Sunday, January 8, 2012

An Ableton Live Set is gzipped XML + a Ruby gem

Recently I started using git and github.com for version control of my Ableton Live Sets.  I pushed  these files to github to have backups and to be able to rollback to a previous version in case I got carried away on some ill-fated musical tangent.

But I was missing out on a one of the nicest features of git and github, diffs: I could not see the differences between two files or versions of my Live Sets.  Why?

Ableton's Live Set file is binary, not line based text.  I decided to reverse engineer the file:
  $ file Amy.als
  Amy.als: gzip compressed data, from Unix
Hmm.... Then, of course, I tried this:
  $ cp Amy.als Amy.gz
  $ gunzip Amy.gz 
  $ file Amy
  Amy: XML  document text
What!?
Reverse engineering done. Wait. Will Ableton Live read the file if I just gzip it and rename it?
  $ mv Amy.gz AmyTest.als
  $ open AmyTest.als
Poof! There it is. This was very nice of the Ableton developers. Thanks guys.  Now I can add and commit XML files to git and not binary.  It sucks to have to do this by hand for each Live Set each time I want to make a commit so I created the Ruby gem guard-live-set.

From the guard documentation: Guard is a command line tool to easily handle events on file system modifications.  My guard specialization just watches for any changes to a .als file and immediately creates a .als.xml version of it.  There you go, enjoy.

My hope is for more people to start committing their creations so that others can collaborate and then we can all benefit and improve from each other's creations.  I don't need to explain how successful open source software has been, why not open source music?  I'll throw in my Live-Set-github hat in with this: https://github.com/mgarriss/ugly.live.sets.

There is still a lot more work that needs to be done before true barrier free Live Set collaboration can be a reality.  First is the sharing of samples and plugins.  These are large files and not suitable for github.com.  Next we probably need some kind of .als lint program that could do more than indent; maybe it could keep things in a well defined order which would make the diffs cleaner.  An online friend is putting some thought into a Ruby gem for editing these .als files and I've agreed to contribute to that so stay tuned...

6 comments:

  1. I am happy to view your site the giving out various informational ideas on the blog with which it is dealing with github.com and this blog is good about the hacking technology.......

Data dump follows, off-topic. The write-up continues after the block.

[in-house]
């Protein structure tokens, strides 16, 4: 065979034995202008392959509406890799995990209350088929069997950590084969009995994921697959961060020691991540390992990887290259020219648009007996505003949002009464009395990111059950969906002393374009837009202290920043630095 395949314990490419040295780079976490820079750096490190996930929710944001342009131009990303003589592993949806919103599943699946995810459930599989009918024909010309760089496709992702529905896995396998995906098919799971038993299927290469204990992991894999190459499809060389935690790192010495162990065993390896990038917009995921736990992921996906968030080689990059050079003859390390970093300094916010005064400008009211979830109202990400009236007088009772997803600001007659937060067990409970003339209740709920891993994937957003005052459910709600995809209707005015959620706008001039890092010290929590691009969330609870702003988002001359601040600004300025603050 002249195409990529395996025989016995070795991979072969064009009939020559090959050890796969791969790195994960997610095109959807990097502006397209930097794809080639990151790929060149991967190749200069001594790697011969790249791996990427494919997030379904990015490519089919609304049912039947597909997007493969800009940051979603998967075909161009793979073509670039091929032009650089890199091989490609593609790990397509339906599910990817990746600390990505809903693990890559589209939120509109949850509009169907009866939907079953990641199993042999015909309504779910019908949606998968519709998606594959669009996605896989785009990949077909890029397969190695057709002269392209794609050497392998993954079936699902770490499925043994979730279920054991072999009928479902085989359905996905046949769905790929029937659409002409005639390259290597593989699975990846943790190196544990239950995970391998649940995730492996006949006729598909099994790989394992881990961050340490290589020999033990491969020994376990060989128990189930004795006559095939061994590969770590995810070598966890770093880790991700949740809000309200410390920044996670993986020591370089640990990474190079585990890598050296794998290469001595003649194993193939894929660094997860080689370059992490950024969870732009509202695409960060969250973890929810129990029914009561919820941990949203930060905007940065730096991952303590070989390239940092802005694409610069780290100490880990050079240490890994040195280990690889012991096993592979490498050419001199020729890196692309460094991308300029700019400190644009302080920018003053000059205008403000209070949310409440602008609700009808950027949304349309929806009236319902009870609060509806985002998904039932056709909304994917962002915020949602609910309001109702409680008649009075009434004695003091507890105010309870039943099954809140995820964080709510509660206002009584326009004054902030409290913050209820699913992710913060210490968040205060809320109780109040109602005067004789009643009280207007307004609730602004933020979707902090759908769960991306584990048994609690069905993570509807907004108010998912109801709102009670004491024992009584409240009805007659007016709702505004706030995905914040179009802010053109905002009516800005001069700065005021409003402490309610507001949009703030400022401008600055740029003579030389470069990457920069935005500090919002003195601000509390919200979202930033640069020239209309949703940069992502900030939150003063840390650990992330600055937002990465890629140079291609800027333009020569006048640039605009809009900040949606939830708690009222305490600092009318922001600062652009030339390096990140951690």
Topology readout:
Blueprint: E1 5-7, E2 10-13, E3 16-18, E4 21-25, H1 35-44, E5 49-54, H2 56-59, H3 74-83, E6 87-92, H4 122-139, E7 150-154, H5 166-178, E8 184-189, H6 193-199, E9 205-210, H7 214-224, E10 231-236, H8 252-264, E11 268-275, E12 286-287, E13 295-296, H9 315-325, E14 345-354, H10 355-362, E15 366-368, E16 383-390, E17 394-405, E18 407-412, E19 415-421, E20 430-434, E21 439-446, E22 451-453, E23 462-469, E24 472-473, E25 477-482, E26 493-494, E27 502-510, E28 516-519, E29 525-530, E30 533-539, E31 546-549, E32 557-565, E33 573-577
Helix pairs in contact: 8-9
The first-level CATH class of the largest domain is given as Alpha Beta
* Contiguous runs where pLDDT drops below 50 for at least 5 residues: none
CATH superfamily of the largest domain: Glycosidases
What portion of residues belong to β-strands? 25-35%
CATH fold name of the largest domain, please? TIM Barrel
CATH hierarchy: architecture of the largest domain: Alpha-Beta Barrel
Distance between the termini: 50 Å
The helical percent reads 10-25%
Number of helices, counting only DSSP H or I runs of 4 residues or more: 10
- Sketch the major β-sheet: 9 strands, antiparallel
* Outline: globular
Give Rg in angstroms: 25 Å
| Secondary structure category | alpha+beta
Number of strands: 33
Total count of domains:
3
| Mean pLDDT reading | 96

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  2. Really interesting workflow you have here. It seems very useful to be able to revert a live set to a previous version. Heaven knows that one can get carried away hacking a set.

    This is also a great solution for creating off-site backups of your files. One of my biggest fears is having my laptop stolen or hard drives fail (despite redundant backups).

    As a fellow Rubyist, I really like how you've tied Ableton + github + Ruby together. Nice work!

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  3. You, sir, are a motherfckn GENIUS!! I'm an ableton user and a ruby dev so this is doubly awesome.

    github.com/dcunited001

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  4. I came up with this idea at 4 am last night. After a quick internet search it turns out I am not the first.

    This idea is brilliant not just because it backs stuff up, but for two very awesome reasons:

    1. Internet collobaration through Git will make it so a shared set or template can simulatneously evolve in many directions by many users. Also, if enough users know what they are doing with Git, features can be cherry picked and merged in an exciting variety of ways.

    2. Even if you do not want to try and collaborate or share via Github, embracing the Git workflow of branching to try things out and merging individual features, etc should be a big boon to your own local workflow. Being able to experiment and easily revert to other versions should definitely make you less timid about trying crazy stuff out (without a sea of various cryptic filenames from constantly using "save as..")

    Cheers!

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    Replies
    1. forgot to mention: If you aren't familiar with Git, my favorite book that gives an idea of the workflow improvements it is capable of is: Pro Git by Scott Chacon

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  5. An easier solution would be to write a custom git hook that would just rename, extract and commit anything inside of a .als file.

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